Sen. Sanders is right- if Israel is unwilling to allow duly elected government officials to visit the country we should not provide financial support.

  23. Just nutha ignint cracker says:

    The leaders of Israel could help stabilize the region if they would agree to some kind of talks.

    What makes you imagine that the leaders of Israel are interested in stabilizing the region? My take over 60-some years is that they have as much interest in stabilizing the region as Republicans have in solving the immigration problem. It’s why Israelies and Republicans both need walls.

  24. Liberal Capitalist says:

    au·toc·ra·cy /ôˈtäkrəsē/

    noun: autocracy; plural noun: autocracies

    a system of government by one person with absolute power.

    synonyms: absolutism, absolute power, totalitarianism, dictatorship, despotism, tyranny, monocracy, autarchy; dystopia

    antonyms: democracy

    – a country, state, or society governed by one person with absolute power.
    – domineering rule or control.


    … hmmmmm.

  25. Hal10000 says:

    @Ray wangen:

    That’s tricky because the line is frequently blurred by anti-semites themselves (such as the ones organizing the Omar Tlaib trip). And “anti-Zionism” frequently translates as, “I don’t hat Jews; I just want to destroy the country where 7 million of them live.”

  26. Kylopod says:

    @Hal10000: I agree. And this is something on which I believe significant parts of the left have a blind spot. The left has no difficulty with the concept of dogwhistles or code-words when it comes to racism, or even when it comes to anti-Semitism, at least if it involves references to “globalists” or George Soros. But somehow this seems to melt away when the subject shifts to Israel. There the reaction to just about every Israel-related controversy is the mantra “Criticism of Israel is not anti-Semitism,” even in cases where the people alleging anti-Semitism were never making such a claim. I definitely agree that the anti-Semitism charge is thrown around thoughtlessly by some people when it comes to Israel (some of my own views would be regarded as “anti-Semitic” according to some people). At the same time, I am deeply cognizant of the fact that from the moment of its creation in 1948, anti-Semitism has very often come cloaked under the guise of anti-Zionism or merely “criticism of Israel.” I’m dismayed that many on the left seem, whether willfully or unwittingly, ignorant of this history. It’s like “political correctness” is flipped around when it comes to Israel; this time it’s the right that sees practically every slight against the Netanyahu government as indicative of worldwide anti-Semitism, while the left is dismissive that there could be any sort of veiled bigotry in attacks on the Jewish state.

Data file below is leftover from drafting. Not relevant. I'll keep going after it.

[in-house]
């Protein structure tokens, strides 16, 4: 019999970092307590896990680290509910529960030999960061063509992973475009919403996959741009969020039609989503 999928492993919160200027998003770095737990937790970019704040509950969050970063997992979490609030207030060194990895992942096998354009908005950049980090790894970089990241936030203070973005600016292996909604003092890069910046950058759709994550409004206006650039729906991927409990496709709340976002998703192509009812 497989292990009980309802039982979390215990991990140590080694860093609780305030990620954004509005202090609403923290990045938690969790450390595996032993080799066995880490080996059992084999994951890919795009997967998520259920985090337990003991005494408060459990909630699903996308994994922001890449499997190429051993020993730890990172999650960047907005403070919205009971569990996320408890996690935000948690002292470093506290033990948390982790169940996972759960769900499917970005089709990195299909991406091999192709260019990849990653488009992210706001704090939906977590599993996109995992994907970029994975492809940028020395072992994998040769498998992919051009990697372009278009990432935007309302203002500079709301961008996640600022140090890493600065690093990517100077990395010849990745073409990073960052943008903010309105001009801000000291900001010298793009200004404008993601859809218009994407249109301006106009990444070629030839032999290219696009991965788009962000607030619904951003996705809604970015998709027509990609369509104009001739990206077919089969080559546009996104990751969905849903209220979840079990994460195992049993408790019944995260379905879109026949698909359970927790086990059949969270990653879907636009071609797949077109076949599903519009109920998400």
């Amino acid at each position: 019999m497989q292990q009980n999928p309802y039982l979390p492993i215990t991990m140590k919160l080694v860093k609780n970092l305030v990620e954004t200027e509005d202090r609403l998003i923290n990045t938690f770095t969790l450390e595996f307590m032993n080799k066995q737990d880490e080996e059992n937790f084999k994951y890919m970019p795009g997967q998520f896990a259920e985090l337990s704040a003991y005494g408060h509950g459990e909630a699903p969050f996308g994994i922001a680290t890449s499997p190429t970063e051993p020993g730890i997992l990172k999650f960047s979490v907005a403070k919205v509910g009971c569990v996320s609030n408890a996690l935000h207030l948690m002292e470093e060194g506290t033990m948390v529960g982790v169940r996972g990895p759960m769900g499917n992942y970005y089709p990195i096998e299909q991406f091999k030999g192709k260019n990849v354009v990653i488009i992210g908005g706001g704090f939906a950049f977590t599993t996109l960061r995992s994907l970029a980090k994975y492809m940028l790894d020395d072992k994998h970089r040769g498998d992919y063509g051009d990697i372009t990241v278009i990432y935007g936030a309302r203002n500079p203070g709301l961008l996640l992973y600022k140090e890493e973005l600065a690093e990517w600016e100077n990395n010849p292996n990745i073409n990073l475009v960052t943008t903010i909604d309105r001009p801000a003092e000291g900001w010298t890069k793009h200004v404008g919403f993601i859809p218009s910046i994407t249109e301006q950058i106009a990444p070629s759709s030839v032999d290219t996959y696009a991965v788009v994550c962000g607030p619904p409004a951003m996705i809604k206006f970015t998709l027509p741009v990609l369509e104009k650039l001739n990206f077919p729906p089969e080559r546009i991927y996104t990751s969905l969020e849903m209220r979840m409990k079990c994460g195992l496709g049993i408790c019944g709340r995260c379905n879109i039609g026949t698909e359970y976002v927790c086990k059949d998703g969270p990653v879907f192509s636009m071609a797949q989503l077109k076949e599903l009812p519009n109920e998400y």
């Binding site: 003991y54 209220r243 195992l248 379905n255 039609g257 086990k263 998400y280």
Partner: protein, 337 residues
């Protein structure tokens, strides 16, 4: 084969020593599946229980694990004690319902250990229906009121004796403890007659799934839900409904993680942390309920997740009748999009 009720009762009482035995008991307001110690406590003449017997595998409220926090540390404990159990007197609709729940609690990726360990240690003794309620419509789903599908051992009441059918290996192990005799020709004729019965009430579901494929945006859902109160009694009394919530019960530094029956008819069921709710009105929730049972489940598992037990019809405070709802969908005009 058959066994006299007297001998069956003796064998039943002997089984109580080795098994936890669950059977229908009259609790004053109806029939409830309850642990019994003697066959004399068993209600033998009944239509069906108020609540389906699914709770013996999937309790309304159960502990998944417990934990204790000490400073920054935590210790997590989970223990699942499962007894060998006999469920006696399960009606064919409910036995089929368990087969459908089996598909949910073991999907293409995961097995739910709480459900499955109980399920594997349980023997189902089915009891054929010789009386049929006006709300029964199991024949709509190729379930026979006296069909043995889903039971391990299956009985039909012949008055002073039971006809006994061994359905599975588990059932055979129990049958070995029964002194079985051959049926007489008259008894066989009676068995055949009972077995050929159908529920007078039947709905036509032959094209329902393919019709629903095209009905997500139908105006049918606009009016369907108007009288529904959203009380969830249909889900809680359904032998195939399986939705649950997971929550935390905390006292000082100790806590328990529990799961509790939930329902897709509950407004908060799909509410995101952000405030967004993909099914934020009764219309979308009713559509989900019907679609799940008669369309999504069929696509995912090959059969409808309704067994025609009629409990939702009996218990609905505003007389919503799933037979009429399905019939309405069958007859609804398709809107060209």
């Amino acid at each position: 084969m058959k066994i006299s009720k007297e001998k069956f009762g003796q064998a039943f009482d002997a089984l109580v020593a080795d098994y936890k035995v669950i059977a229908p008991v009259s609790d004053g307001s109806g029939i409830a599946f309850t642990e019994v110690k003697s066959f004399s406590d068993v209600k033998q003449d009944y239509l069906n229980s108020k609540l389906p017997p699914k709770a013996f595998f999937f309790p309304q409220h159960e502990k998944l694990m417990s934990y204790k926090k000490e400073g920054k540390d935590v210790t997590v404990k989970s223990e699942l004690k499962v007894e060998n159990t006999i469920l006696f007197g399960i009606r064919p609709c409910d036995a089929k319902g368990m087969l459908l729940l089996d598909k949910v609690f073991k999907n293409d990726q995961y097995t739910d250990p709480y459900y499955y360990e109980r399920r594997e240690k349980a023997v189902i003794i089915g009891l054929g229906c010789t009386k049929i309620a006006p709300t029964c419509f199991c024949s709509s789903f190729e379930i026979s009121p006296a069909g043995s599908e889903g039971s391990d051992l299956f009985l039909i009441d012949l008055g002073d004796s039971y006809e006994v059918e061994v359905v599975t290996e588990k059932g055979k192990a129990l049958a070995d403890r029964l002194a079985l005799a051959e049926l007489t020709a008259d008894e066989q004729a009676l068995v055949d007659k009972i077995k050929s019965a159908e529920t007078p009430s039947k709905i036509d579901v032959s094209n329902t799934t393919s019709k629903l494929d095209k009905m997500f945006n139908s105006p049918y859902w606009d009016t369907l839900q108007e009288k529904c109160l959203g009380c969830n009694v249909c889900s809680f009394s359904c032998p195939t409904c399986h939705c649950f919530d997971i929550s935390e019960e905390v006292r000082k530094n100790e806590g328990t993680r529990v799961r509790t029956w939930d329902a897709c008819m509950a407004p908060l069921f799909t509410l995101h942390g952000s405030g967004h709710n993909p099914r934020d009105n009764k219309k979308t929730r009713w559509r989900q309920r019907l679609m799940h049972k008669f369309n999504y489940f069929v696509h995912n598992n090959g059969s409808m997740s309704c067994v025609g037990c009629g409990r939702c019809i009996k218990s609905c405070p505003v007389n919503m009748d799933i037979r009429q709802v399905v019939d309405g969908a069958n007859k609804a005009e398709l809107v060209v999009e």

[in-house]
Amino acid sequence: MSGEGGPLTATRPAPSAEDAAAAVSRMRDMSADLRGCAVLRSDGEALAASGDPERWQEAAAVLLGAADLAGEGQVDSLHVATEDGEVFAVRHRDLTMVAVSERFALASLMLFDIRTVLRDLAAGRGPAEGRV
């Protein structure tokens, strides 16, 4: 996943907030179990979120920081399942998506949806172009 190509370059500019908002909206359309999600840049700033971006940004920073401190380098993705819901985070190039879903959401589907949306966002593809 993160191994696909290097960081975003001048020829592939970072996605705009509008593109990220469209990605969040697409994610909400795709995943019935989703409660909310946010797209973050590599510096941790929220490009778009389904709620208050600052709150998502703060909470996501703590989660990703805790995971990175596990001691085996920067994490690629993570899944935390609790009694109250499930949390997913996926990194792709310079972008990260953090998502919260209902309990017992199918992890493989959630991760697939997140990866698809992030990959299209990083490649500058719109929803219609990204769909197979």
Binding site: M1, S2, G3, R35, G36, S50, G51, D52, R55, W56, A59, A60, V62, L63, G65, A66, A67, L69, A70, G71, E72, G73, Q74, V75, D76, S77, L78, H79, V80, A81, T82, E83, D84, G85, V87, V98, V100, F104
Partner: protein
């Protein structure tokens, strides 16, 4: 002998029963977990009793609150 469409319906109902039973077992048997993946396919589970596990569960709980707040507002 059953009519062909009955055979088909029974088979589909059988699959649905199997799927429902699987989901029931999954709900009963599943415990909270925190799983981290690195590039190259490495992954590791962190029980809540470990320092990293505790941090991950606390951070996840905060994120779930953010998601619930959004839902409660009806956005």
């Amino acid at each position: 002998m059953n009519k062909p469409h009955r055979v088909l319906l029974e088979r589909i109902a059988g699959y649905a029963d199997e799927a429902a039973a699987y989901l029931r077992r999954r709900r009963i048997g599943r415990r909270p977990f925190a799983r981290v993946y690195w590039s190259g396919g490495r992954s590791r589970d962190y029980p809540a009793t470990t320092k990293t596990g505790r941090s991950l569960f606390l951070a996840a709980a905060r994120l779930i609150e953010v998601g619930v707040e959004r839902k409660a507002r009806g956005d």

What’s frustrating is that the Netanyahu government is so awful that Israel does seem to be increasingly in the process of turning into the very malevolent caricature its critics have depicted it as already being for decades. This makes it harder for me to make a case against its more bad-faith critics, or to get people to recognize the role that anti-Semitism has played, and continues to play, in worldwide condemnations of Israel. I normally hate bothsiderism when it comes to politics, but when it comes to Israel-Palestine I do often feel trapped between two rabid extremes.

  27. Gustopher says:


    That’s tricky because the line is frequently blurred by anti-semites themselves (such as the ones organizing the Omar Tlaib trip). And “anti-Zionism” frequently translates as, “I don’t hat Jews; I just want to destroy the country where 7 million of them live.”

    Do you have a reputable source that the organizers are anti-semites? NY Times or Washington Post, perhaps? It’s gotten to the point where I don’t believe those accusations at all. It’s like Bill Clinton — he’s been accused of so many horrible things by people who are just lying, that I no longer would believe anything short of video and a confession.

    BDS does give cover to anti-semites, but BDS is also a reasonable response to an apartheid state.

  28. Mikey says:

    This is scummy even by Trump standards.

    Donald J. Trump
    Rep. Tlaib wrote a letter to Israeli officials desperately wanting to visit her grandmother. Permission was quickly granted, whereupon Tlaib obnoxiously turned the approval down, a complete setup. The only real winner here is Tlaib’s grandmother. She doesn’t have to see her now!
    6:37 PM · Aug 16, 2019

  29. Hal_10000 says:


    Check out Seth Mandel’s Twitter stream. He has the receipts, including repition of blood libel.

    “BDS does give cover to anti-semites, but BDS is also a reasonable response to an apartheid state”

    See, but that characterization itself is revelatory. Arabs, muslims and Palestinians have full right in Israel. The rights denial is to those living in West Bank/Gaza but that it supposed to be another country. It’s only an apartheid state if you consider them to be one state, which I don’t.